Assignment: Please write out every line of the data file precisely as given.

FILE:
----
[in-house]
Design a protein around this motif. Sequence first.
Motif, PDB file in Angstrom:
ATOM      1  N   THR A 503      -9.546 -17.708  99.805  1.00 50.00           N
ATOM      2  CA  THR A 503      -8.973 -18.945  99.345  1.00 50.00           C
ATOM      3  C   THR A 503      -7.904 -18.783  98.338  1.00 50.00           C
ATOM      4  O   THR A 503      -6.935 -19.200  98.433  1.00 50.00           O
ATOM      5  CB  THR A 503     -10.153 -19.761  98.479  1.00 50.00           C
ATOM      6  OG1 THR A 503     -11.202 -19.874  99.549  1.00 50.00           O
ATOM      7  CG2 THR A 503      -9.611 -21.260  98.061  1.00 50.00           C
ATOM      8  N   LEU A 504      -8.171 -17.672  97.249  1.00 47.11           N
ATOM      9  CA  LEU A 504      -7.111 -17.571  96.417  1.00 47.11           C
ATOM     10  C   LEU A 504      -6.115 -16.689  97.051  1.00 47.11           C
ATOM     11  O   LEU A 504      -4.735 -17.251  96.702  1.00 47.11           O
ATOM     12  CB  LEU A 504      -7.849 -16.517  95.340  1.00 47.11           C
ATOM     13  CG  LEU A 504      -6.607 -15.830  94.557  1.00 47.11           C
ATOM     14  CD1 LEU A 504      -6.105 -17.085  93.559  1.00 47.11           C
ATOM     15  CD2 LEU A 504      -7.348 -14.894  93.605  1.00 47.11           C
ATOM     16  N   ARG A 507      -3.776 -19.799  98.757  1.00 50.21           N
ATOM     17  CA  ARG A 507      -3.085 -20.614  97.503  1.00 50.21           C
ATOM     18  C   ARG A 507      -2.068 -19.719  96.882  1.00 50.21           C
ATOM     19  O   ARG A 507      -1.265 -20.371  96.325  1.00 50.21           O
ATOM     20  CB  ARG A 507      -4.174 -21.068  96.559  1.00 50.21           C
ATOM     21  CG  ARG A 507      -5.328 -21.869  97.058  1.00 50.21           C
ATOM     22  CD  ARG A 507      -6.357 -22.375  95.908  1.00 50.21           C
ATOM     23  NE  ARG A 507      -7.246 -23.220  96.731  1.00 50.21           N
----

[in-house]
Design a protein around this motif. Sequence first.
Motif, PDB file in Angstrom:
ATOM      1  N   THR A 503      -9.546 -17.708  99.805  1.00 50.00           N
ATOM      2  CA  THR A 503      -8.973 -18.945  99.345  1.00 50.00           C
ATOM      3  C   THR A 503      -7.904 -18.783  98.338  1.00 50.00           C
ATOM      4  O   THR A 503      -6.935 -19.200  98.433  1.00 50.00           O
ATOM      5  CB  THR A 503     -10.153 -19.761  98.479  1.00 50.00           C
ATOM      6  OG1 THR A 503     -11.202 -19.874  99.549  1.00 50.00           O
ATOM      7  CG2 THR A 503      -9.611 -21.260  98.061  1.00 50.00           C
ATOM      8  N   LEU A 504      -8.171 -17.672  97.249  1.00 47.11           N
ATOM      9  CA  LEU A 504      -7.111 -17.571  96.417  1.00 47.11           C
ATOM     10  C   LEU A 504      -6.115 -16.689  97.051  1.00 47.11           C
ATOM     11  O   LEU A 504      -4.735 -17.251  96.702  1.00 47.11           O
ATOM     12  CB  LEU A 504      -7.849 -16.517  95.340  1.00 47.11           C
ATOM     13  CG  LEU A 504      -6.607 -15.830  94.557  1.00 47.11           C
ATOM     14  CD1 LEU A 504      -6.105 -17.085  93.559  1.00 47.11           C
ATOM     15  CD2 LEU A 504      -7.348 -14.894  93.605  1.00 47.11           C
ATOM     16  N   ARG A 507      -3.776 -19.799  98.757  1.00 50.21           N
ATOM     17  CA  ARG A 507      -3.085 -20.614  97.503  1.00 50.21           C
ATOM     18  C   ARG A 507      -2.068 -19.719  96.882  1.00 50.21           C
ATOM     19  O   ARG A 507      -1.265 -20.371  96.325  1.00 50.21           O
ATOM     20  CB  ARG A 507      -4.174 -21.068  96.559  1.00 50.21           C
ATOM     21  CG  ARG A 507      -5.328 -21.869  97.058  1.00 50.21           C
ATOM     22  CD  ARG A 507      -6.357 -22.375  95.908  1.00 50.21           C
ATOM     23  NE  ARG A 507      -7.246 -23.220  96.731  1.00 50.21           N